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Advice for Elder Care Doesn't Have to be Complex

The Orange County Register
The Orange County Register


Let's start with the assumption everyone is really, really happy grandma is coming to live with you.

Sure, it's a far-fetched notion, but the three-generation household — once the norm — is becoming a recession reality.

Multigenerational households made up 5.3 percent of all households in 2008, up from 4.8 percent in 2000, says an AARP report.

It's all about money. Eroded investments — a drop of more than 40 percent in retirement savings, a doubled unemployment rate of 7 percent for 55-plus workers this year — are forcing change.

About 1 in 10 people age 50-plus live either with grandchildren or their parents, says an AARP survey. And 16 percent over 55 say the move was made in the past six months because of economic necessity, ranging from job loss to home foreclosure.

But generations rarely come together easily, says Marion Somers, a geriatric specialist and author of "Elder Care Made Easier — Doctor Marion's 10 Steps to Help You Care for an Aging Loved One" (Addicus Books.com).

Q. I'm impressed with this book because in fewer than 150 pages you give concise and pointed information on everything from a top-notch list of resources to legal and financial issues.

A. I believe in steps, not lengthy chapters. Make it easy. No need to reinvent the wheel.

Q. What is the first major hurdle?

A. If grandma is moving in, the family needs a realistic approach to living arrangements. If there are teenage children, how will they be affected? Who takes grandma to the doctor? What about senior social centers? What about teenage friends visiting? What if grandma smokes?

Assuming the adult child is the caregiver in this sandwich family, every question and issue needs to be dealt with line for line before it arises. Chaos can ruin a family structure.

Q. Tell me some practical matters families need to consider.

A. Is the house elderproof? Make it safer by eliminating or removing clutter. Up the wattage in the lightbulbs because older people need more light.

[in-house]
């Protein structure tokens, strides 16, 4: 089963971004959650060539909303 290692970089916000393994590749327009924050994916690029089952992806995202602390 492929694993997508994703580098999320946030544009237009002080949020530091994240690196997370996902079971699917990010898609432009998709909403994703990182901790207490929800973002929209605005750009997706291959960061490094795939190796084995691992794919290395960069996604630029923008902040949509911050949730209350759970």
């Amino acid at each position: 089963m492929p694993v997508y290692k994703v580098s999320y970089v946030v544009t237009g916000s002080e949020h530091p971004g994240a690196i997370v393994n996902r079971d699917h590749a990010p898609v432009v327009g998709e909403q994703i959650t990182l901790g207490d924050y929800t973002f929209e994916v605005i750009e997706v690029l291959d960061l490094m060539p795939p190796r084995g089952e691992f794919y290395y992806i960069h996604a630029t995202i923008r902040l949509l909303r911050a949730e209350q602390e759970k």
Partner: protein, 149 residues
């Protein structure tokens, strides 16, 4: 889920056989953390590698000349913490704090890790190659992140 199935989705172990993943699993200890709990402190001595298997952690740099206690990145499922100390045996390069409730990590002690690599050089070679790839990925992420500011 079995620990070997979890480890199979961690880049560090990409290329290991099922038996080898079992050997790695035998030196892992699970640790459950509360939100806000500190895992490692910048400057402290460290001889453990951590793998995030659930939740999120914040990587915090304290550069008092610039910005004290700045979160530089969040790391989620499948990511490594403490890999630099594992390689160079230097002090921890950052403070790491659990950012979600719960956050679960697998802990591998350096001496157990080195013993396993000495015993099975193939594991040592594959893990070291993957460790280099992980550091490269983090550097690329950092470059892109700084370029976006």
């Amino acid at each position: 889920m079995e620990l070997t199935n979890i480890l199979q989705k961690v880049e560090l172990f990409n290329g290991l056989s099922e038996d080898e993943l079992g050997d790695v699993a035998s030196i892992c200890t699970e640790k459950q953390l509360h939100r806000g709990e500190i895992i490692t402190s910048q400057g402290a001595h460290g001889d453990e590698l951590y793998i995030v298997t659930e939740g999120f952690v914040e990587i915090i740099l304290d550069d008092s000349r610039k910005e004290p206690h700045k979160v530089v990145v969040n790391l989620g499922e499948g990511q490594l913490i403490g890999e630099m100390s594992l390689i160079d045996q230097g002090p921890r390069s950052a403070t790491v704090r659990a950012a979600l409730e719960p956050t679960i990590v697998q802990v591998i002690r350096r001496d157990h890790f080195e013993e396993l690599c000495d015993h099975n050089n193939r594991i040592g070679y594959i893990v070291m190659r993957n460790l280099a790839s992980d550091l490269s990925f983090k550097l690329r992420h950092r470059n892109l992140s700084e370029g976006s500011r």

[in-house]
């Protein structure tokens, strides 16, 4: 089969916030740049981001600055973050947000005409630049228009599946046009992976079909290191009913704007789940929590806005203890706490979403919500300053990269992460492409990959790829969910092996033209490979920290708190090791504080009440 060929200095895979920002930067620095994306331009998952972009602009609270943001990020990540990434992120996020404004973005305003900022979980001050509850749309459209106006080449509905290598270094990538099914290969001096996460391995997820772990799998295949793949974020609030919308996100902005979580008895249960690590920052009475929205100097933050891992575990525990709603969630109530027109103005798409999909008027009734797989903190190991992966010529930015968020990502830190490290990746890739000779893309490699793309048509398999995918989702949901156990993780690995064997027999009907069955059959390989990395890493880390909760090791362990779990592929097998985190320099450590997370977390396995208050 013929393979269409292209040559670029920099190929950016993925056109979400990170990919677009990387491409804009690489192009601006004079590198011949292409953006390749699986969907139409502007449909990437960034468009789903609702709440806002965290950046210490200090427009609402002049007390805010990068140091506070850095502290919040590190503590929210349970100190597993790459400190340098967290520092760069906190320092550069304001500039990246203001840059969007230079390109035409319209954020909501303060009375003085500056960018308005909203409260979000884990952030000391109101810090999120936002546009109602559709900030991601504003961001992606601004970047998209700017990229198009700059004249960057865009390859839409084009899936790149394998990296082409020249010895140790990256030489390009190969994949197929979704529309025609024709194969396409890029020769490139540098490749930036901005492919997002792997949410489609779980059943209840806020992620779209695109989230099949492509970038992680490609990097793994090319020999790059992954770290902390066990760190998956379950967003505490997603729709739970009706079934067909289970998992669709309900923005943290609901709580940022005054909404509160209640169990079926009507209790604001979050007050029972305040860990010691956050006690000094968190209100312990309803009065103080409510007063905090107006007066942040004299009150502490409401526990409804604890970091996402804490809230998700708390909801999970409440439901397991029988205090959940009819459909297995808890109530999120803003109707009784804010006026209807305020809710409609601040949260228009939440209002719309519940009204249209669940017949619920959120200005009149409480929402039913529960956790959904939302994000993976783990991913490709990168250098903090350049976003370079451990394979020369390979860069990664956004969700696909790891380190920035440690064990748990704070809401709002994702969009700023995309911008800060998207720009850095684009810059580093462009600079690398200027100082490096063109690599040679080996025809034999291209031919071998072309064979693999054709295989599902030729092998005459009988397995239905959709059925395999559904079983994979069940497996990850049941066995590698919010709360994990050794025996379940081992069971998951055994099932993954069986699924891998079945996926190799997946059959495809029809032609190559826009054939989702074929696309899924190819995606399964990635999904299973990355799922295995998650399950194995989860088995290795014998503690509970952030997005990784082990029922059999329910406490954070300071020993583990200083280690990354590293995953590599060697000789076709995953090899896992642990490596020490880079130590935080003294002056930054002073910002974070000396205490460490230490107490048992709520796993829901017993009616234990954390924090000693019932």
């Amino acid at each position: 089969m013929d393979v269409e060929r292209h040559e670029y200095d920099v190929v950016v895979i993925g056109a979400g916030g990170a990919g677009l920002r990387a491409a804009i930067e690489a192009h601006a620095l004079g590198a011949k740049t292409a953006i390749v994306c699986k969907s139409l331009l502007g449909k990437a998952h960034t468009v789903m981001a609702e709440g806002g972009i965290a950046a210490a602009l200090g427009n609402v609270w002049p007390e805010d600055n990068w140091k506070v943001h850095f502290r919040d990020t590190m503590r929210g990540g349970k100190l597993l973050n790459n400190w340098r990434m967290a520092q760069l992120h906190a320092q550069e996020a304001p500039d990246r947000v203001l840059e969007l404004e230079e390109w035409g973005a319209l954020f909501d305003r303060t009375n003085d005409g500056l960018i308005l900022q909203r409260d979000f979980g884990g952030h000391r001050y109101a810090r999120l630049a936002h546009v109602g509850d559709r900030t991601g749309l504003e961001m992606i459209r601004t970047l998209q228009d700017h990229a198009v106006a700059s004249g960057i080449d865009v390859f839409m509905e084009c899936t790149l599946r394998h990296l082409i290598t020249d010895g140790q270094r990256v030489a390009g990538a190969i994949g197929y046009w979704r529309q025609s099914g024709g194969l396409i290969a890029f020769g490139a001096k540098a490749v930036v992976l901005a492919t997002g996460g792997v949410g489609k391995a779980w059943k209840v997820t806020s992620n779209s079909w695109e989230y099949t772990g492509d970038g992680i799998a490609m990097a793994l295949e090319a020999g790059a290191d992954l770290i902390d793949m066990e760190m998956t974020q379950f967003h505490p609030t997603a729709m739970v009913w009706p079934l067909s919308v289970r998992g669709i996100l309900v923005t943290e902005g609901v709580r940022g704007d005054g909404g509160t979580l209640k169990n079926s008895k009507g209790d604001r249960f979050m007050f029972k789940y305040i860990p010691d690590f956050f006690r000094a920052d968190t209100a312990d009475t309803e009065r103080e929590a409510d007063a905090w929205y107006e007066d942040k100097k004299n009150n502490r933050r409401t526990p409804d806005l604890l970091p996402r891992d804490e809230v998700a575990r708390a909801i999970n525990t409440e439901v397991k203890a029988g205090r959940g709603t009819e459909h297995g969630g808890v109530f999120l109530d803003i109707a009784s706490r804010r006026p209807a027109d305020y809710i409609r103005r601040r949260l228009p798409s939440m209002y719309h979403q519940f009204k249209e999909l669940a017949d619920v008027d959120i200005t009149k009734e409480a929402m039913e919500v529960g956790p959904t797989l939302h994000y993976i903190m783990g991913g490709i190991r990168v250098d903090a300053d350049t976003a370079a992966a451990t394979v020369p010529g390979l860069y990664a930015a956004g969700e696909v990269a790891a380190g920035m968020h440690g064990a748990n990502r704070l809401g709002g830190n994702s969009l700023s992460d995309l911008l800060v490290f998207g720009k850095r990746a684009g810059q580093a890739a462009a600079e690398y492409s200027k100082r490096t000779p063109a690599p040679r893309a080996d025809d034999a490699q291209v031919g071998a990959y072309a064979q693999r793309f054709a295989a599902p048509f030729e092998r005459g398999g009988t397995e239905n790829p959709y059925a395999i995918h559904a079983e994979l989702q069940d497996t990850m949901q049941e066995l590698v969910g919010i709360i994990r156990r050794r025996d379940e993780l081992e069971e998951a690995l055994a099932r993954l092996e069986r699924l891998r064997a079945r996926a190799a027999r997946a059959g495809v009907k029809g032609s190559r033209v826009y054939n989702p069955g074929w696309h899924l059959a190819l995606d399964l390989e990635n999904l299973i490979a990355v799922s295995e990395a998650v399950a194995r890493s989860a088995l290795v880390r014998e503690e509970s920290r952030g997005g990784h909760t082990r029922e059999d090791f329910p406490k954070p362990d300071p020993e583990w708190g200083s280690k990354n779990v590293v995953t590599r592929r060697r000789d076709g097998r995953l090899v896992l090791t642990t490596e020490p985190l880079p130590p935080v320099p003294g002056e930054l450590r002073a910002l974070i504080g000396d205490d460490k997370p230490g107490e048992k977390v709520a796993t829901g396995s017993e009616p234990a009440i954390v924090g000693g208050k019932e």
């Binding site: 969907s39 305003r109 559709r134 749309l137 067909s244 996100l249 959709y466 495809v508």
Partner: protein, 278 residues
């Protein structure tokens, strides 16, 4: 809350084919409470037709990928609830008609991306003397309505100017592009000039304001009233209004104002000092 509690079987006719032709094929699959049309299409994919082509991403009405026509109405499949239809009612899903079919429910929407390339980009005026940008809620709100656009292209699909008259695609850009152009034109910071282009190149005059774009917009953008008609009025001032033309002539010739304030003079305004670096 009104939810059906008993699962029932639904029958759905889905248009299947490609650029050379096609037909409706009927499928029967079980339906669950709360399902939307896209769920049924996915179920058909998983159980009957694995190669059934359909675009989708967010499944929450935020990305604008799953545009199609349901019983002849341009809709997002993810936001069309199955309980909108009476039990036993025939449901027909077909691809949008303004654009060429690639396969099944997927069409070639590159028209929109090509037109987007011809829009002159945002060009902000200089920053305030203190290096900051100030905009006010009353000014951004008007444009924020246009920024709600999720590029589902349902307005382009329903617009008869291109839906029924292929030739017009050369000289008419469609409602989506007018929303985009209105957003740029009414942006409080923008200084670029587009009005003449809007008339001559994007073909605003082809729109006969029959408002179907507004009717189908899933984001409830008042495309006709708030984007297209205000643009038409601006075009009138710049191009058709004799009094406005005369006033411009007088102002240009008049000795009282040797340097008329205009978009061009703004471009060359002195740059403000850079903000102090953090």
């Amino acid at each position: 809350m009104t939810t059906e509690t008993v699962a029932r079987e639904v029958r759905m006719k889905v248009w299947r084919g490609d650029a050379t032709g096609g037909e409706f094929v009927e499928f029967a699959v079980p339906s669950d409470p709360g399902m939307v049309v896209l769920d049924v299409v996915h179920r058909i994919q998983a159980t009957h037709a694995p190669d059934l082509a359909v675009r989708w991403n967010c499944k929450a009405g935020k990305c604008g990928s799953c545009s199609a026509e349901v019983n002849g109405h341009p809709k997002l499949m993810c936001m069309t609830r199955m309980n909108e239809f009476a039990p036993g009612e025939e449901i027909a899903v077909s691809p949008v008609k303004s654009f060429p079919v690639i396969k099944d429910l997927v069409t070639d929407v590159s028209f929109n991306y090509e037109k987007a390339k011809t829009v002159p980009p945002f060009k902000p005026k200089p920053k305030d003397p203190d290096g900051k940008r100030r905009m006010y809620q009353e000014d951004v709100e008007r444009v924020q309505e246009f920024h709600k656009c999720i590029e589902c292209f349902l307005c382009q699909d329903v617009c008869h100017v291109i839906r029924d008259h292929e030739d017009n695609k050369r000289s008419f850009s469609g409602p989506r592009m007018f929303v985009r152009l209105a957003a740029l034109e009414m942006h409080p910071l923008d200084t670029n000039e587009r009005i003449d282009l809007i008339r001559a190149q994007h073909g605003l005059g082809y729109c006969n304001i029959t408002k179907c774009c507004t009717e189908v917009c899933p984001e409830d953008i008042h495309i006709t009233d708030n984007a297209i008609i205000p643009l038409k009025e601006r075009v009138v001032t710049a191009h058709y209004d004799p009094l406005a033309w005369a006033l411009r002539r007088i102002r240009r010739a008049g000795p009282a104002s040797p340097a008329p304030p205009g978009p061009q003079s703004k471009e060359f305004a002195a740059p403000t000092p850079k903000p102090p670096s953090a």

Q. Let's talk about financial concerns.

A. It's easy to say: figure out your elder's assets; determine monthly income; add up all monthly expenses; figure out if your elder has enough money to live comfortably for the rest of his or her life.

But many of today's retirees are living 10 years or longer than they thought they would.

Figure out assets from all sources, from hidden valuables to checking accounts.

Q. Hidden valuables?

A. Some seniors hide cash and valuables and forget where they put them — buried in the back yard, pinned inside a winter coat, wrapped in foil behind the radiator. It's your job to find these valuables.

Then you need to inventory overlooked assets — possessions like Turkish rugs, insurance policies and so on.

Q. Legal issues?

A. This goes with financial concerns. Protect your loved one by getting all affairs in order. People think this is already done, but in my experience fewer than 30 percent of elders have taken care of everything from determining assets to authorizing a person to make decisions for them if they become incapacitated.

Getting legal issues in order is a relief to most elders. There is a lot more financial abuse in families than most people realize. It is about equal to emotional abuse.

Q. There are such lengthy books on caring for an elder — whether in your home or in aging in place or in a nursing home environment. You are right. The questions are basic and so are the answers.

A. You don't need a huge book. For updated or more information, check out my website, doctormarion.com. I'm constantly adding to it.

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